Persistent Symptoms in Patients After Acute COVID-19 | Critical Care Medicine | JAMA | JAMA Network
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    2 Comments for this article
    Post-Covid-19 Sequelae and Follow up
    Khichar Shubhakaran, MD(Med), D.M.(Neurology) | Senior Professor and head of Department of Neurology, MDM Hospital, Dr. S.N. Medical College, Jodhpur, India-342003
    A very important article about persistent symptoms after recovery from Covid-19. Of course all these symptoms may have some component of psychology but the persistent symptoms are definitely organic and may have a long term impact on overall health care all over the globe.

    All these symptoms require close follow up, as pulmonary fibrosis in Covid-19 survivors have been reported from Mumbai in India (1), and from Wuhan in China also.

    While awaiting a vaccine for prevention, the understanding of the various sequelae of Covid-19 will help in studying the effects of interventions, like steroids and other immune
    modulators for pulmonary fibrosis (2), on long-term symptoms.


    2. Spagnolo P, Balestro E, Aliberti S et al. Pulmonary fibrosis secondary to COVID-19:a call to arms ?Lancet Respir Med. 2020 Aug; 8(8): 750-752.
    Stress, Anxiety and Mental Health During COVID-19
    Michael McAleer, PhD(Econometrics),Queen's | Asia University, Taiwan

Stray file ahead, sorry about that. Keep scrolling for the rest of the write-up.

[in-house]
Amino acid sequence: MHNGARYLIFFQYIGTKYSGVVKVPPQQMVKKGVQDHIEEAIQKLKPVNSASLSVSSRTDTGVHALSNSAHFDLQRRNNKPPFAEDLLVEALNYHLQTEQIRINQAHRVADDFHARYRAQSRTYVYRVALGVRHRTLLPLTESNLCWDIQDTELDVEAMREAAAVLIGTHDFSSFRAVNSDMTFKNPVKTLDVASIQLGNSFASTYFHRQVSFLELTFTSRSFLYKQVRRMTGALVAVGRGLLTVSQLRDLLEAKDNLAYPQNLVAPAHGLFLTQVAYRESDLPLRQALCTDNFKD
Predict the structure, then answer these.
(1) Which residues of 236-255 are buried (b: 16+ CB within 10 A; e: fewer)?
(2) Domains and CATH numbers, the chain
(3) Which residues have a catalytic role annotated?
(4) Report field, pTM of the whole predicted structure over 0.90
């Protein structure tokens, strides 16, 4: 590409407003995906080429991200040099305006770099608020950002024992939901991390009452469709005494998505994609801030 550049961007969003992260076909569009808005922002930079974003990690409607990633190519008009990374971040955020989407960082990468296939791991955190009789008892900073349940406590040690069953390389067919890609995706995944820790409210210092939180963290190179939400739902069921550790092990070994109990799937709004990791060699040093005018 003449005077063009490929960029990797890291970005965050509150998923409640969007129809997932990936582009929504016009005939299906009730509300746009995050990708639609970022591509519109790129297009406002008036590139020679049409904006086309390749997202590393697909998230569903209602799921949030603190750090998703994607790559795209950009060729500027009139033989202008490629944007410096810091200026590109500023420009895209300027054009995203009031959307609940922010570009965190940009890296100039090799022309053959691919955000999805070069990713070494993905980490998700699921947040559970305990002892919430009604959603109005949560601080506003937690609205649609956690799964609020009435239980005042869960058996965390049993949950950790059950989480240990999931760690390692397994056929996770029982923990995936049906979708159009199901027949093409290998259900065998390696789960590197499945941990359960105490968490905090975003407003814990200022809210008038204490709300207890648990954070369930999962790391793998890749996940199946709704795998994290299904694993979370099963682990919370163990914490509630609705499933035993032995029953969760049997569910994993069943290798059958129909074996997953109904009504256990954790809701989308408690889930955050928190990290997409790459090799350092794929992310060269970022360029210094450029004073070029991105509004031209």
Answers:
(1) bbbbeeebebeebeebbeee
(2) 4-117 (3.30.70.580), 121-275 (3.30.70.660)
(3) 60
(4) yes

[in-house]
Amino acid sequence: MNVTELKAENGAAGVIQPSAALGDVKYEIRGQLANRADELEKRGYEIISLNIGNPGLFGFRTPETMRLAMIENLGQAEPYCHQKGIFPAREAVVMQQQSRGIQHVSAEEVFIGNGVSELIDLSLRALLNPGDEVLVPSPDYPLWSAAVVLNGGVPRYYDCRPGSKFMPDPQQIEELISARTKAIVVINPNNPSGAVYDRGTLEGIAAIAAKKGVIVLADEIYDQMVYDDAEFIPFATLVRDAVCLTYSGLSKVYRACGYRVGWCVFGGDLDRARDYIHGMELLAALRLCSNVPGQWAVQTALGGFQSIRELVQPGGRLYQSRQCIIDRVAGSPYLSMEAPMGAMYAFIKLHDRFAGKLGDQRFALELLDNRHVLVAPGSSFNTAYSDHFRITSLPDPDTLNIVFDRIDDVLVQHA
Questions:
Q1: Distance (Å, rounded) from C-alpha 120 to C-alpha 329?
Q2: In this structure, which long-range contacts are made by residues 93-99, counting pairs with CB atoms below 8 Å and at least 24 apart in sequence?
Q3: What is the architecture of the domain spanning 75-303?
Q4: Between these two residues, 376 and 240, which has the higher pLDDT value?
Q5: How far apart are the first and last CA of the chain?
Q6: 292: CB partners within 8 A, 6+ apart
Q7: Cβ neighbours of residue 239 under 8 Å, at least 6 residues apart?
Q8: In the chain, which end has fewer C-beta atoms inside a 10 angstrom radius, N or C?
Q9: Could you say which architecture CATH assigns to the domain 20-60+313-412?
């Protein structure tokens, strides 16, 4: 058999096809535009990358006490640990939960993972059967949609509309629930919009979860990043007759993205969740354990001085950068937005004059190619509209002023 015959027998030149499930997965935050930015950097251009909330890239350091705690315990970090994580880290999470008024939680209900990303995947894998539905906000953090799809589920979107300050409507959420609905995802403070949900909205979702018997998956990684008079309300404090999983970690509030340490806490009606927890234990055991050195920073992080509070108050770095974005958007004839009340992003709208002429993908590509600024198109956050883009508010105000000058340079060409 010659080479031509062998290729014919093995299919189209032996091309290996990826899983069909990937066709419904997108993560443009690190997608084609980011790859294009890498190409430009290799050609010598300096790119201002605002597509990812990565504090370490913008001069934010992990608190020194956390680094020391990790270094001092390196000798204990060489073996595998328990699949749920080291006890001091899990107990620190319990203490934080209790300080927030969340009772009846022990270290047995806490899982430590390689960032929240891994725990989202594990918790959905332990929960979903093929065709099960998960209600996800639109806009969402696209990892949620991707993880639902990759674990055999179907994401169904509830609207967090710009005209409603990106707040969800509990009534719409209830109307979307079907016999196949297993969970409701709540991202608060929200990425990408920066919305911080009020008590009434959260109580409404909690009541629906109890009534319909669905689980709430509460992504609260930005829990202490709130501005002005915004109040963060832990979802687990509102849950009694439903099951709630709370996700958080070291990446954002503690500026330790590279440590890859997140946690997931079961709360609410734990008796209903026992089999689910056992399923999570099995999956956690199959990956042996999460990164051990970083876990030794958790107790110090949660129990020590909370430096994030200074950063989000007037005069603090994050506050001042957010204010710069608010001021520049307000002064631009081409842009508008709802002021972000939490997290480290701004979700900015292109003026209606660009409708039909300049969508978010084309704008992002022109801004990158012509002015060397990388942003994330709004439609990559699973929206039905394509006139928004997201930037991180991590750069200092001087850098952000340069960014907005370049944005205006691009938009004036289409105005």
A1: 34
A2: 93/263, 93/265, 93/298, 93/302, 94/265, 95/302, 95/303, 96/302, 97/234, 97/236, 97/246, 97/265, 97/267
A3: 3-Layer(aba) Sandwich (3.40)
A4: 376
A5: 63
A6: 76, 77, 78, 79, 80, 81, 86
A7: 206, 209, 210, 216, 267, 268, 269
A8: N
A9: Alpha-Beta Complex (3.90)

Persistent symptoms after patients have been diagnosed with COVID-19 are of deep concern, especially if the end-point is unknown.

    Associated with the disease itself, as well as the parallel issues of a socially distanced society and closed economy, are the increased stress, anxiety, and severe mental health issues experienced across all cohorts, but especially for the young and those who suffer socioeconomic inequity and disadvantage.

    Mental health issues are almost certain to worsen as the unknown endpoint of the pandemic stretches well into the future.
    Research Letter
    July 9, 2020

    Persistent Symptoms in Patients After Acute COVID-19

    Angelo Carfì, MD1; Roberto Bernabei, MD1; Francesco Landi, MD, PhD1; et al for the Gemelli Against COVID-19 Post-Acute Care Study Group
    Author Affiliations
    • 1Geriatrics Department, Fondazione Policlinico Universitario Agostino Gemelli IRCCS, Rome, Italy
    JAMA. 2020;324(6):603-605. doi:10.1001/jama.2020.12603

    In Italy, a large proportion of patients with coronavirus disease 2019 (COVID-19) presented with symptoms (71.4% of 31 845 confirmed cases as of June 3, 2020).1 Common symptoms include cough, fever, dyspnea, musculoskeletal symptoms (myalgia, joint pain, fatigue), gastrointestinal symptoms, and anosmia/dysgeusia.2-4 However, information is lacking on symptoms that persist after recovery. We assessed persistent symptoms in patients who were discharged from the hospital after recovery from COVID-19.

    In the waning phase of the pandemic, beginning on April 21, 2020, the Fondazione Policlinico Universitario Agostino Gemelli IRCCS in Rome, Italy, established a postacute outpatient service for individuals discharged from the hospital after recovery from COVID-19. All patients who met World Health Organization criteria for discontinuation of quarantine (no fever for 3 consecutive days, improvement in other symptoms, and 2 negative test results for severe acute respiratory syndrome coronavirus 2 [SARS-CoV-2] 24 hours apart) were followed up. At enrollment in the study, real-time reverse transcriptase–polymerase chain reaction for SARS-CoV-2 was performed and patients with a negative test result were included.